Monday, March 21, 2011

Second Academy – Bohemian Grove

Tsurumi Records just knows how to do things right.  Spinning on gorgeous marbleized grey and white vinyl right now, is the latest long player from Tsurumi’s Second Academy with main man Eric Balaban and his latest masterpiece of sophistico-garage punk, Bohemian Grove.  But before we get to the music (which will make me quickly forget everything else I want to say) let’s get back to Tsurumi.  In a very short period of time, the good folk of Tsurumi have solidified their vision of how to unleash quality music and product onto the music loving world.  Plying their Japan-meets-America-via-Seattle-Silk-Road of inspired primal-punkish rock, Tsurumi may only have 4 releases under their belts, but what releases they are.  Between Eric Balaban’s Beautiful Mothers or Second Academy, or the Japanese art-punk of Golden, each release is done right.  In addition to the gorgeous platter hypnotizing me on the turntable right now, the album comes with a quality pressed cover, a way-cool glossy insert, a glossy poster, and forget the download code, these cats include the entire CD in the package.  How’s that for doing it right?

Ok, so enough about them, let’s get to the music, shall we?  I’ve already expressed my man-love for Eric’s prior work with the Beautiful Mothers and the first, rather stripped down, Second Academy record.  Truth be told, however, I really didn’t know what to expect with this new release.  Joined by Brent Powell on bass, and Troy Lund/and Rob Wheeler on drums, I didn’t know if Eric could continue to captivate me.  Whether his Replacements-stripped garage-punk could continue to elevate itself to new heights.  To grow . . . to expand.

Oh, simple-minded me.

If anything, Bohemian Grove not only builds upon what the lads created with the first album, it represents a quantum leap in maturity, songwriting, playing, production and just about any other aspect of an album you can think of.  Simply put, this is one fantastic record.  If you’re a fan of acoustic-laced, powerpop fueled, amphetamine garage-based rock, (think The Replacements, The Violent Femmes, early Who) then you owe it to yourself . . . nay, you owe it to mankind to check this album out.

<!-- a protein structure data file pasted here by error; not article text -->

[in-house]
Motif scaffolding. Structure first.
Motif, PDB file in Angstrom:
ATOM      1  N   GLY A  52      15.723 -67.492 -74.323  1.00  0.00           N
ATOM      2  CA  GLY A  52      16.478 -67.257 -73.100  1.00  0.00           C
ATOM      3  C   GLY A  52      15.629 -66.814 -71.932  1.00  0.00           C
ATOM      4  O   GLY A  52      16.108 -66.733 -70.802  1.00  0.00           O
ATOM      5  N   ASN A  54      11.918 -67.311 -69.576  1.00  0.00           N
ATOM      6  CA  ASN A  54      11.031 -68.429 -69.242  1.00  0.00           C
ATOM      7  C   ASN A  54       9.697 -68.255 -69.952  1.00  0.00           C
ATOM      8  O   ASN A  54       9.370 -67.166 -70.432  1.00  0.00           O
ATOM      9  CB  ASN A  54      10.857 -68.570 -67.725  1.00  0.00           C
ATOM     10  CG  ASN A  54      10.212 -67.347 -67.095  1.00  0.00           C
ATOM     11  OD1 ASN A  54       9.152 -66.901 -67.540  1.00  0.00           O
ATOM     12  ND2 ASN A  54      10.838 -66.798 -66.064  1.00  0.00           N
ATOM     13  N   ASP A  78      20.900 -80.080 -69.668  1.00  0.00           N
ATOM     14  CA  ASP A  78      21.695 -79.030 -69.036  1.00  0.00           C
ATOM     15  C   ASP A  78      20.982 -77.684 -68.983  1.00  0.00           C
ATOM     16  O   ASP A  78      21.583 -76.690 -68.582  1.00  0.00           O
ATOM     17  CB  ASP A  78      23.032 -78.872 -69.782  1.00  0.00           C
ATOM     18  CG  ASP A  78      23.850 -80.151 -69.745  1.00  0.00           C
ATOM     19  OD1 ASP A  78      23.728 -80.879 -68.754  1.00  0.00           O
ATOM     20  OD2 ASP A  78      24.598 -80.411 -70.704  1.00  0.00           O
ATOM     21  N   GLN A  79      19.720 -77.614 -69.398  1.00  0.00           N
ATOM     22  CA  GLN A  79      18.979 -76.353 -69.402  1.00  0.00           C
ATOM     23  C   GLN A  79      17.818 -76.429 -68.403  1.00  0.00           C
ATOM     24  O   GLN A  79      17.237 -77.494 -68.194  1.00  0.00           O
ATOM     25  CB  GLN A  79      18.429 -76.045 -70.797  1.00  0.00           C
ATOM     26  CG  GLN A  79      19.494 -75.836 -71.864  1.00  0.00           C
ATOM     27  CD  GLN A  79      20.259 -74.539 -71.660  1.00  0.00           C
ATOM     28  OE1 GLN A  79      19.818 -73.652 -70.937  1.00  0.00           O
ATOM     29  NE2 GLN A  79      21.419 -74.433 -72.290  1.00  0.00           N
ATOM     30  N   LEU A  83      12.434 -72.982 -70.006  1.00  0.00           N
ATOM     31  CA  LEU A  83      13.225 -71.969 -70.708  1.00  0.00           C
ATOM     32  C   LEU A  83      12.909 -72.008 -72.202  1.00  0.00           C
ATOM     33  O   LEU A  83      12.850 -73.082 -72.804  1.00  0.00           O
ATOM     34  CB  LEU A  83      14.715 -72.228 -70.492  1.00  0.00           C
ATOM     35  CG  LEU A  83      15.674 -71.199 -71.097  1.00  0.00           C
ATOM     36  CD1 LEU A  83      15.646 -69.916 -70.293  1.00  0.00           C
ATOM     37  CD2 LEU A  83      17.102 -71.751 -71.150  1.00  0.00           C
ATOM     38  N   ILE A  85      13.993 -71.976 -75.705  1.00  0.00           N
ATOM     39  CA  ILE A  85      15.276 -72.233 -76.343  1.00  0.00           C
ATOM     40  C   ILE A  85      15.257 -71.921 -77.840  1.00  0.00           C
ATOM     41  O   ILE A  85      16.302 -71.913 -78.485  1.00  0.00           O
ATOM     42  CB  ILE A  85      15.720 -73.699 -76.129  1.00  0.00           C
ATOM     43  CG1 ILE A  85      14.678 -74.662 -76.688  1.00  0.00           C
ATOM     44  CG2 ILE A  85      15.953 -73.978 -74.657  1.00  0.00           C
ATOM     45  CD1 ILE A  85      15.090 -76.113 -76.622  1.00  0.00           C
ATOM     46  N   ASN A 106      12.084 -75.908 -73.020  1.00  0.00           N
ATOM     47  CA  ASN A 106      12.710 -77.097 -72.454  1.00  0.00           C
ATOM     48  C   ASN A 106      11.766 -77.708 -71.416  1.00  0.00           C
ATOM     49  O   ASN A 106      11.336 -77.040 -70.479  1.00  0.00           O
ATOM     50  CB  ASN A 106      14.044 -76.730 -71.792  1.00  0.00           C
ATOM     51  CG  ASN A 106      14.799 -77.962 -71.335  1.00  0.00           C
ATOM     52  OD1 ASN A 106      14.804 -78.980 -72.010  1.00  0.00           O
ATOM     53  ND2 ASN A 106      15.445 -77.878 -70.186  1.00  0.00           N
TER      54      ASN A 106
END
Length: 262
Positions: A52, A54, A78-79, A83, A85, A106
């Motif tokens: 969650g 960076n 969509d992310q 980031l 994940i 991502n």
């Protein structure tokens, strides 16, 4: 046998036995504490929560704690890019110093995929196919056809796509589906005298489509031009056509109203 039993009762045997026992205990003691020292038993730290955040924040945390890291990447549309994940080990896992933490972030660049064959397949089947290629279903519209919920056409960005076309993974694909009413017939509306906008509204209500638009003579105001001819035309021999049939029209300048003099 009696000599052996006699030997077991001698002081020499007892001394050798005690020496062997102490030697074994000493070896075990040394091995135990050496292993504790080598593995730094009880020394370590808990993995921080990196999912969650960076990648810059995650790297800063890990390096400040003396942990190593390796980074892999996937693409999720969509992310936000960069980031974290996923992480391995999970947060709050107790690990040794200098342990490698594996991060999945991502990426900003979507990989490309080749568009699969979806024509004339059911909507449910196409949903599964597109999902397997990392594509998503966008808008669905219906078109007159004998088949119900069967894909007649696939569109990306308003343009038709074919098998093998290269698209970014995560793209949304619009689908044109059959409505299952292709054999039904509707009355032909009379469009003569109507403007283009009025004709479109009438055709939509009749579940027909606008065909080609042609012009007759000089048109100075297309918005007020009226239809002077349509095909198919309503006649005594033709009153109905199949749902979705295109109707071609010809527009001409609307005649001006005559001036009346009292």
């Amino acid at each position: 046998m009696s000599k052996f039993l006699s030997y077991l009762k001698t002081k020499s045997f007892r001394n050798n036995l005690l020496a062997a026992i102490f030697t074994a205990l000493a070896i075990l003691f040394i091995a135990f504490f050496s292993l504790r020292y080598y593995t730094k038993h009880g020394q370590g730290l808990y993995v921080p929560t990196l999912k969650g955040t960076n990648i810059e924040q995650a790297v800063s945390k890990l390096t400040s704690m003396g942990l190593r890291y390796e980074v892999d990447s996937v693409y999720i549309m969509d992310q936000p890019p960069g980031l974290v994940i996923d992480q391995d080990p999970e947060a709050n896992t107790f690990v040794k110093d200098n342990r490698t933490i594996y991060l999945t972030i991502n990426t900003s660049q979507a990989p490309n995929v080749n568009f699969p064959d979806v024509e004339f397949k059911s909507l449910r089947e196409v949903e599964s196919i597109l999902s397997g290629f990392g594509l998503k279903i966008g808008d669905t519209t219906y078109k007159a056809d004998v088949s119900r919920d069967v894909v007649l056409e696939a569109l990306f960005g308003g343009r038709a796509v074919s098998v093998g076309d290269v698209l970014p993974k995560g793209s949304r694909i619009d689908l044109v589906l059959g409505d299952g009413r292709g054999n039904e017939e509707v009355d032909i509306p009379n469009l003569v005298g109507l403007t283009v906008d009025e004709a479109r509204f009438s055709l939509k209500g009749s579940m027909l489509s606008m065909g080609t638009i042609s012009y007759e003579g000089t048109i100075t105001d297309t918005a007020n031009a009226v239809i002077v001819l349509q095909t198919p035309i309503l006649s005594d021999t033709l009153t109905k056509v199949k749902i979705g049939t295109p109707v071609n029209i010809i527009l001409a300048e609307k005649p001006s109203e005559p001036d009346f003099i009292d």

I understand that the album is named Bohemian Grove after the title track, but damn if I don’t want to constantly write Bohemian GROOVE because that's what this album does.  It grooves.  It sways, it rumbles and rocks with a constant, head-nodding, toe-tapping groove of solid rhythm, killer melodies, perfect-scratchy riffs, and damn fine songwriting. Expect a spot on my Top 10 of 2011 for this one. 

Right from the start, Bohemian Grove captured my attention.  The title track trods out of the speakers with an ominous weight, sounding like some meaty 1960’s beat-cool, retro-groovy punk rocker.  The bass and drums are just monstrous here.  I keep getting this image of some darkened ‘60’s Batman theme going on here, as if the Dark Knight existed back then taking on the Joker.  Way cool.  Way, way cool.   Eric’s voice is inspired, harmony vocals bringing everything to the front.  Fuzz guitar wails through the mix as that damn fine GROOVE just tears the song to pieces.   Infinitely cool.